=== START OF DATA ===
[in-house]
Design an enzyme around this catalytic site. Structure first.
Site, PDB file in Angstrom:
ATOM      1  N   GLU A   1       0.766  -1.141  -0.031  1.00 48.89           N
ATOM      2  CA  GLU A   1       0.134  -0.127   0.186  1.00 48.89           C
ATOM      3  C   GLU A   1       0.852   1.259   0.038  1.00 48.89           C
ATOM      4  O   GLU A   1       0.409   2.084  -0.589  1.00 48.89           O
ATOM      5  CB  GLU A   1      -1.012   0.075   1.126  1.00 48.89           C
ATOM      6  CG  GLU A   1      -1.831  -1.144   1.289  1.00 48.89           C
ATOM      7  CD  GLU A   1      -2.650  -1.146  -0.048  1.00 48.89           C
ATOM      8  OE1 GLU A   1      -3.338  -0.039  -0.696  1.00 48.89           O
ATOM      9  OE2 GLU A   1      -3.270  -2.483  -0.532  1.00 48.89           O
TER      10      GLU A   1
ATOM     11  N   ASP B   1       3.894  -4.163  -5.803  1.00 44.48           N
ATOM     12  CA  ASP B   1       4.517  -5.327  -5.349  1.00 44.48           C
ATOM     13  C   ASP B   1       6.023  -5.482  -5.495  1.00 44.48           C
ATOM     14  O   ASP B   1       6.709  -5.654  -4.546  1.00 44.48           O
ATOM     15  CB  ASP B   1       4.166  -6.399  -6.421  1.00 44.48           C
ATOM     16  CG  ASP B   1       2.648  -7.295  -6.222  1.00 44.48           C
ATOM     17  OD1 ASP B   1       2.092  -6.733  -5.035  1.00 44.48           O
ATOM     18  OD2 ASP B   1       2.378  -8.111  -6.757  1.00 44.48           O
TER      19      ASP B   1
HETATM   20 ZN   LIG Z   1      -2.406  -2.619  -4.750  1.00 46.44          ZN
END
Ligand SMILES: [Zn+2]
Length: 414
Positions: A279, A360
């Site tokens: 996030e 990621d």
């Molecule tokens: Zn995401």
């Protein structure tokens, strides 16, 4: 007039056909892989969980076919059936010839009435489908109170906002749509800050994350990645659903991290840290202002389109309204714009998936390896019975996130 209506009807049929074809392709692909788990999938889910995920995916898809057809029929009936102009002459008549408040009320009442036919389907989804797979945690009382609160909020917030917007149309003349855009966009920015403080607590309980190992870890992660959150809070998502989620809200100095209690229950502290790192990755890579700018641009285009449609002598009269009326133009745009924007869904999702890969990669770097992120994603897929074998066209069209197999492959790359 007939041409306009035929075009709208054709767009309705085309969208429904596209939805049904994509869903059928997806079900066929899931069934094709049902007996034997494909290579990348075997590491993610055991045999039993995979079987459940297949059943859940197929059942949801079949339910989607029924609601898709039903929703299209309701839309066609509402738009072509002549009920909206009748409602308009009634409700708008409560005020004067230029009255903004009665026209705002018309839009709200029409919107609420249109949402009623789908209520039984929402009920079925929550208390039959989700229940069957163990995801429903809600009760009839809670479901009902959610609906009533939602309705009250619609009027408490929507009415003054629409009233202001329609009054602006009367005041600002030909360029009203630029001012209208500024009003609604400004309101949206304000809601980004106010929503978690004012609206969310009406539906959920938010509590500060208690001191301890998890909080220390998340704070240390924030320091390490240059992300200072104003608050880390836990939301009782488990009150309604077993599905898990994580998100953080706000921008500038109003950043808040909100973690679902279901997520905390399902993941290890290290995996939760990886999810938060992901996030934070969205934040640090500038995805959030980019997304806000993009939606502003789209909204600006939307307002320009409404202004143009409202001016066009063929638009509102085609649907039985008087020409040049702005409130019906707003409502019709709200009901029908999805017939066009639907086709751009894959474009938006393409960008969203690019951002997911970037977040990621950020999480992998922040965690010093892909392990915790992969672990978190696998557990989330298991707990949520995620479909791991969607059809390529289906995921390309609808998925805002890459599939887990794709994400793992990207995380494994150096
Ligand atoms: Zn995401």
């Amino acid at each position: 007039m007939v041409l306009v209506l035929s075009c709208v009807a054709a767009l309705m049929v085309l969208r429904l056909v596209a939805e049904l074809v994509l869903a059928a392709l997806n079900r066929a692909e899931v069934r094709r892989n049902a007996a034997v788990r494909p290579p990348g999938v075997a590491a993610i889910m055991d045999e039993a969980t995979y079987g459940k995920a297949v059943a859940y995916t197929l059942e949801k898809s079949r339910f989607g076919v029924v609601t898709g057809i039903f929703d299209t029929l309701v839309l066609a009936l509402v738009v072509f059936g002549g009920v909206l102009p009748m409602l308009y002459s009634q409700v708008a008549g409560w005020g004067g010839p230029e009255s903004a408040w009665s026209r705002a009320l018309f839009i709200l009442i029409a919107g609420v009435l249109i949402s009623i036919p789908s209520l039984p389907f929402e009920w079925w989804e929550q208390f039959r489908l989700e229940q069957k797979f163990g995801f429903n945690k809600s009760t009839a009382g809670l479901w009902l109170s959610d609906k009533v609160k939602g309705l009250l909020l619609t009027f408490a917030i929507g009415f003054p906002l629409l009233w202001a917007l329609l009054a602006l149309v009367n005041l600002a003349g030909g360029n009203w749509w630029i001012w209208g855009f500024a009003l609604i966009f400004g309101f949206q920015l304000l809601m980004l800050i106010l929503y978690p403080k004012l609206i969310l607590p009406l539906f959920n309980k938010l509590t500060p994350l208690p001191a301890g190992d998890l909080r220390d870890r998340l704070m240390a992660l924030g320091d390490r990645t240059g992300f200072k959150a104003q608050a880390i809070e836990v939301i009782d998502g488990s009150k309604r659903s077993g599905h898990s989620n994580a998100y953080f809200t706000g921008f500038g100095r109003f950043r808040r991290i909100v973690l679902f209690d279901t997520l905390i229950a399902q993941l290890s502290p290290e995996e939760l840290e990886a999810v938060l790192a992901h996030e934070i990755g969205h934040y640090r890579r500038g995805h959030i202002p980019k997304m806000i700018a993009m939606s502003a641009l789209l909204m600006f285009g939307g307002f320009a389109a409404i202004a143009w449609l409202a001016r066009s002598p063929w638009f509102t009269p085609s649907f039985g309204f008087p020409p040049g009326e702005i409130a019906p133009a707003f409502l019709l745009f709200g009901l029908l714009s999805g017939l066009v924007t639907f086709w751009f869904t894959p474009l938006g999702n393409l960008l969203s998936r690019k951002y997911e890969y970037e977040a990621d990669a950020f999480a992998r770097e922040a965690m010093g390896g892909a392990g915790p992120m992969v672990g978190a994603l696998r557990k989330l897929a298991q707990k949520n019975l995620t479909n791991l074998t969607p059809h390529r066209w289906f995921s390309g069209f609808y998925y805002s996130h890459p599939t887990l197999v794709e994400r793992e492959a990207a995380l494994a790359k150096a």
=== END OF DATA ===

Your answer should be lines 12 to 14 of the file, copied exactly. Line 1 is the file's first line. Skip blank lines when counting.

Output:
ATOM      9  OE2 GLU A   1      -3.270  -2.483  -0.532  1.00 48.89           O
TER      10      GLU A   1
ATOM     11  N   ASP B   1       3.894  -4.163  -5.803  1.00 44.48           N